What Nigeria Must Do To Achieve Economic Growth – U.S. Government
The United States says African countries and especially Nigeria must harness the tremendous potentials of their youth population to drive economic growth and prosperity.
The Assistant Secretary, Bureau of African Affairs, Tibor Nagay, gave this advice in Abuja on Friday during a media chat at BAZE University.
Mr Nagay said Nigeria has incredible entrepreneur skills that many potential investments from outside the country are willing to tap.
“The next 30 years will be pivotal for Africa as its population is set to double to 2.5 billion by 2050. There will be millions and millions of young people. They need to find economic opportunities in their countries as it could be one of the most dynamic forces for progress and prosperity in the history of the world.”
Mr Nagay who had served as Foreign Service officer across Africa for over 20 years and twice in Nigeria said he was excited to be back in Nigeria because he sees the nation as a hub for economic growth in Africa.
He explained that during his first career as a diplomat and the second career as a vice provost for International Affairs at Texas Tech University, Nigerians were some of the brightest and most talented students found anywhere.
“The question is how do we harness that talent and entrepreneurial spirit of young Africans as a force for prosperity and stability? Nigeria has the capability of being the next economic power in Africa. Nigeria has Africa’s largest population and economy; it is a diverse and vibrant democracy on the world’s fastest growing continent,” he said.
He said as Nigeria’s population becomes the third largest in the world by 2050, U.S. will only deepen its partnership with the nation.
“What moves countries towards prosperity are direct foreign investment, meaning businesses from around the world will invest in that country. I believe that a strong Nigeria is the foundation for a strong continent,” he said.
Mr Nagay said though Nigeria recently has taken steps to develop more predictable economic policies and a more transparent justice system, a greater international investment will only come with continued reforms.
Part of his mission to the country is to deepen trade and investment partnership as a way of improving the future of the youth.
He said the United States of America deeply values its long standing partnership with African countries.
The ambassador said while America is focused on increasing trade and investment on the continent, Nigeria will be at the centre of this effort.
“Nigeria is the United States’ second largest trading partner in Africa with over $9 billion in two way goods trade in 2017. Hundreds of companies already operate in Nigeria and in 2017, U.S. investment stood at $5.8 billion. The U.S. government has also budgeted $60 billion for investment in low income countries,” he said.
“Across the continent, we face challenges together from fighting corruption and combating terrorism to helping African nations create healthier, better educated populations with greater opportunities for their citizens.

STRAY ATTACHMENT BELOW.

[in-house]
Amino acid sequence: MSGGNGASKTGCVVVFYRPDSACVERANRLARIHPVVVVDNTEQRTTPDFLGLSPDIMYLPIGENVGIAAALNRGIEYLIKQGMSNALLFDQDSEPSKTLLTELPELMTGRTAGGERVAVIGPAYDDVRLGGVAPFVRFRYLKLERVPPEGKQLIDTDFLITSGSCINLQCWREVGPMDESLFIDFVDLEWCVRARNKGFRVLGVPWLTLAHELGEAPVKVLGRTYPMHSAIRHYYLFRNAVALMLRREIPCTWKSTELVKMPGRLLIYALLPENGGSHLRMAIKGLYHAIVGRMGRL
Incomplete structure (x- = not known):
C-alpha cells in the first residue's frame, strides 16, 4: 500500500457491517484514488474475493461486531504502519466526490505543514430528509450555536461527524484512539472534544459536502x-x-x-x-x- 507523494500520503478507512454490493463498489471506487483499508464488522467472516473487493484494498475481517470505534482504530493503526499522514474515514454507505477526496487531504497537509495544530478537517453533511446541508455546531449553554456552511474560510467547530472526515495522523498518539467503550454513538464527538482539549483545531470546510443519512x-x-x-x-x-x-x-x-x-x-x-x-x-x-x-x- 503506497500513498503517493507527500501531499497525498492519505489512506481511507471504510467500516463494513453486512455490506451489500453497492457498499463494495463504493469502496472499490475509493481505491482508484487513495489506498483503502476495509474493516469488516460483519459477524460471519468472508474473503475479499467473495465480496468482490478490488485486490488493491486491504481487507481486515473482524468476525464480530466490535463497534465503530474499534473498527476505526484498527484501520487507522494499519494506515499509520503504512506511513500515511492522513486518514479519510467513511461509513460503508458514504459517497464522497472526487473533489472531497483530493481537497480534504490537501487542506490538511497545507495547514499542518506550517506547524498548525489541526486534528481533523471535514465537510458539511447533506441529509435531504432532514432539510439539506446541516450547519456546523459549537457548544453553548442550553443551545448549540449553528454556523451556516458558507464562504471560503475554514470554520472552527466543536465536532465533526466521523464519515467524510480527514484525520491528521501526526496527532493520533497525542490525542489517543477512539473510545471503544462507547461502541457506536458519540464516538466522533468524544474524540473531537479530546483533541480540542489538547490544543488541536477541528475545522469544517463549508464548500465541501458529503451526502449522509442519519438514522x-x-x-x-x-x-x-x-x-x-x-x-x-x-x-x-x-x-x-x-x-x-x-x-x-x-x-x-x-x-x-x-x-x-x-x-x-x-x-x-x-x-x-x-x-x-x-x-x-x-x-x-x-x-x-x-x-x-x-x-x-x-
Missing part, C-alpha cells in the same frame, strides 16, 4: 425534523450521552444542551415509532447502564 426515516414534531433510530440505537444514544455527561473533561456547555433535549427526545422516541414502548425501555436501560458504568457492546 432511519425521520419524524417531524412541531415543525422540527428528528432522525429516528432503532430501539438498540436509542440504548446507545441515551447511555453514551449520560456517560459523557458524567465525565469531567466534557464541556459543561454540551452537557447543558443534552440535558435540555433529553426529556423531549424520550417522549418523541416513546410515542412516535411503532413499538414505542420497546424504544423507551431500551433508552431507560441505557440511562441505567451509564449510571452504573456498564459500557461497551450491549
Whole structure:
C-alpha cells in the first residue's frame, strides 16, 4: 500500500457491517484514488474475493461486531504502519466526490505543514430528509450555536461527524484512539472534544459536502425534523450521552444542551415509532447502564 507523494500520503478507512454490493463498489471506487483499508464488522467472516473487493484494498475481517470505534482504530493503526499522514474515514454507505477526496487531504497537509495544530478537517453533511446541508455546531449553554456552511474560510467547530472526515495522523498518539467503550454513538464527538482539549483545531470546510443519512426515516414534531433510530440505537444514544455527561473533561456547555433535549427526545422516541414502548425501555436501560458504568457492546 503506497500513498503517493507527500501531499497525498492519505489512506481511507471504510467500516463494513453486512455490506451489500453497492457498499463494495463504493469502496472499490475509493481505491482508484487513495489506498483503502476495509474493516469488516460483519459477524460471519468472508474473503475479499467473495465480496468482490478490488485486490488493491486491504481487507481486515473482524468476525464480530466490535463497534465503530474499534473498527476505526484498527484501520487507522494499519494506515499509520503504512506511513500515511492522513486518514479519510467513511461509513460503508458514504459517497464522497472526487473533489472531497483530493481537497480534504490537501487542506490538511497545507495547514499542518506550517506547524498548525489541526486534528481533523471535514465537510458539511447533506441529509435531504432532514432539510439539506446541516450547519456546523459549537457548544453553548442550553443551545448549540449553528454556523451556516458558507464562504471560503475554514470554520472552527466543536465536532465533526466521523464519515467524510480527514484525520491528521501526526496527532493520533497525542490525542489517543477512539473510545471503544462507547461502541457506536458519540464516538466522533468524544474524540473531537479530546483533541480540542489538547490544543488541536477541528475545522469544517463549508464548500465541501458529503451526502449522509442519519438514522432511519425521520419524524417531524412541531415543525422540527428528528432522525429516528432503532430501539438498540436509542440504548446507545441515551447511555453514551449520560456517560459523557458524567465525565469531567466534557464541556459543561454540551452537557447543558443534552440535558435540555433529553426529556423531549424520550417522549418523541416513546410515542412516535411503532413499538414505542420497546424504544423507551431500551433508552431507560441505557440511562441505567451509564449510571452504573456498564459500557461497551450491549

“Through our programmes like AGOA, PEPFAR, Power Africa, Feed the Future and the Young African Leaders Initiative, we have walked side by side with Africa for deceased to open up the American market to African goods, to counter the scourge of HIV/AIDS, to bring electricity to rural areas, to help African nations become self-sufficient and to empower the next generation of African leaders,” he said.
He said the trip has been a phenomenal opportunity to see the impressive impact of African partnership with America.
Investing and harnessing the potentials of youth in Africa especially Nigeria as a means of combatting poverty in the continent has been the on-going narrative in the global space.
This is not the first time Nigeria has been advised to invest in its youth and empower them to harness their potentials for developing the country.
Mr Gates said Nigeria and Democratic Republic of Congo need to channel more investment towards health, family planning and education as a means of human development as this is the only way in which poverty can be alleviated in the continent.
Mr Gates was speaking based on the Goalkeepers data report which said by 2050, more than 40 per cent of the extremely poor people in the world will live in just two countries: Democratic Republic of the Congo and Nigeria.
Currently, Nigeria has the highest number of extremely poor people as it has overtaken India which used to hold the position.
A Brooking Institution report in June said the number of Nigerians in extreme poverty increases by six people every minute.
The projection is that since Nigeria in March 2018 took over from India the unenviable spot of having the largest number of extremely poor, the DRC could soon take over the number two spot.
Although the Nigerian economy is out of recession, many Nigerians have slipped into extreme poverty. In 2016, the prevalence of people living below the poverty line ranged between 54 per cent and 60 per cent. About 82 million Nigerians are estimated to currently live below the poverty line of access to less than $1.9 a day.
Speaking on the Goalkeepers data report, Mr Gates said Africa is a young continent so there is a need to invest in young people.
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